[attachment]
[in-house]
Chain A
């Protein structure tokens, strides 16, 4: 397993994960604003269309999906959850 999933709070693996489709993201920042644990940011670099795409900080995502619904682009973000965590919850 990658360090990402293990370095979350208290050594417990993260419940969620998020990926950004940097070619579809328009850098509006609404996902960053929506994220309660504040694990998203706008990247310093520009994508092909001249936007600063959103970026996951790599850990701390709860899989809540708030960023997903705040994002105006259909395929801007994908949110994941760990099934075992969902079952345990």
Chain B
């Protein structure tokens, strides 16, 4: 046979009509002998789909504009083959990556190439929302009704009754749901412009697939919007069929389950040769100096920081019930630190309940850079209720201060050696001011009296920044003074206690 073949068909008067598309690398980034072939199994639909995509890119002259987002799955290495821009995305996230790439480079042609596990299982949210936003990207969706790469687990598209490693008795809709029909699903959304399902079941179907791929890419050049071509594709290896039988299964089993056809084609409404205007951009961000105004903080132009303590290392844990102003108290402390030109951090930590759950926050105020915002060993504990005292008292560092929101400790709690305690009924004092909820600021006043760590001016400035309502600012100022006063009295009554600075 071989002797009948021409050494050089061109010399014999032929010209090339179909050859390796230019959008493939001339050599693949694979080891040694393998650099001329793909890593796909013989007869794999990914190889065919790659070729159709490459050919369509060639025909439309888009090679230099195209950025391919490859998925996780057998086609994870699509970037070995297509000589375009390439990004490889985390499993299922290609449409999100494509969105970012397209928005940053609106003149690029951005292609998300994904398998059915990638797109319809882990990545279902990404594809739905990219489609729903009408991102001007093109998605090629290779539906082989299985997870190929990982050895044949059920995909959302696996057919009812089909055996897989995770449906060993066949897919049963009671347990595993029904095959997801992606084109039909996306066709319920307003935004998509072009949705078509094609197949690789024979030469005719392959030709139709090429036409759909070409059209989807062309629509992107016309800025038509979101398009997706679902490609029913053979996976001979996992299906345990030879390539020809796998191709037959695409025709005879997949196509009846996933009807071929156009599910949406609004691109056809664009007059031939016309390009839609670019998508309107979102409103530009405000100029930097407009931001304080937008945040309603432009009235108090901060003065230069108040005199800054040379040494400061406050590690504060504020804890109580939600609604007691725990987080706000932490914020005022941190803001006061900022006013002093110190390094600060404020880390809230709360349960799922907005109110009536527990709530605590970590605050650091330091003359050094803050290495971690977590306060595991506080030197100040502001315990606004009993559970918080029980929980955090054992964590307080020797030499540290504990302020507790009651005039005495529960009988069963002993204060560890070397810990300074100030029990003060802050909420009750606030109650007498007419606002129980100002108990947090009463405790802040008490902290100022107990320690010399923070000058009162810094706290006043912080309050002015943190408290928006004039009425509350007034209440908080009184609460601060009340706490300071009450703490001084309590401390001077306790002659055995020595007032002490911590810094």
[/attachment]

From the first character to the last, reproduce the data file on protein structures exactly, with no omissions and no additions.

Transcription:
[in-house]
Chain A
């Protein structure tokens, strides 16, 4: 397993994960604003269309999906959850 999933709070693996489709993201920042644990940011670099795409900080995502619904682009973000965590919850 990658360090990402293990370095979350208290050594417990993260419940969620998020990926950004940097070619579809328009850098509006609404996902960053929506994220309660504040694990998203706008990247310093520009994508092909001249936007600063959103970026996951790599850990701390709860899989809540708030960023997903705040994002105006259909395929801007994908949110994941760990099934075992969902079952345990």
Chain B
């Protein structure tokens, strides 16, 4: 046979009509002998789909504009083959990556190439929302009704009754749901412009697939919007069929389950040769100096920081019930630190309940850079209720201060050696001011009296920044003074206690 073949068909008067598309690398980034072939199994639909995509890119002259987002799955290495821009995305996230790439480079042609596990299982949210936003990207969706790469687990598209490693008795809709029909699903959304399902079941179907791929890419050049071509594709290896039988299964089993056809084609409404205007951009961000105004903080132009303590290392844990102003108290402390030109951090930590759950926050105020915002060993504990005292008292560092929101400790709690305690009924004092909820600021006043760590001016400035309502600012100022006063009295009554600075 071989002797009948021409050494050089061109010399014999032929010209090339179909050859390796230019959008493939001339050599693949694979080891040694393998650099001329793909890593796909013989007869794999990914190889065919790659070729159709490459050919369509060639025909439309888009090679230099195209950025391919490859998925996780057998086609994870699509970037070995297509000589375009390439990004490889985390499993299922290609449409999100494509969105970012397209928005940053609106003149690029951005292609998300994904398998059915990638797109319809882990990545279902990404594809739905990219489609729903009408991102001007093109998605090629290779539906082989299985997870190929990982050895044949059920995909959302696996057919009812089909055996897989995770449906060993066949897919049963009671347990595993029904095959997801992606084109039909996306066709319920307003935004998509072009949705078509094609197949690789024979030469005719392959030709139709090429036409759909070409059209989807062309629509992107016309800025038509979101398009997706679902490609029913053979996976001979996992299906345990030879390539020809796998191709037959695409025709005879997949196509009846996933009807071929156009599910949406609004691109056809664009007059031939016309390009839609670019998508309107979102409103530009405000100029930097407009931001304080937008945040309603432009009235108090901060003065230069108040005199800054040379040494400061406050590690504060504020804890109580939600609604007691725990987080706000932490914020005022941190803001006061900022006013002093110190390094600060404020880390809230709360349960799922907005109110009536527990709530605590970590605050650091330091003359050094803050290495971690977590306060595991506080030197100040502001315990606004009993559970918080029980929980955090054992964590307080020797030499540290504990302020507790009651005039005495529960009988069963002993204060560890070397810990300074100030029990003060802050909420009750606030109650007498007419606002129980100002108990947090009463405790802040008490902290100022107990320690010399923070000058009162810094706290006043912080309050002015943190408290928006004039009425509350007034209440908080009184609460601060009340706490300071009450703490001084309590401390001077306790002659055995020595007032002490911590810094």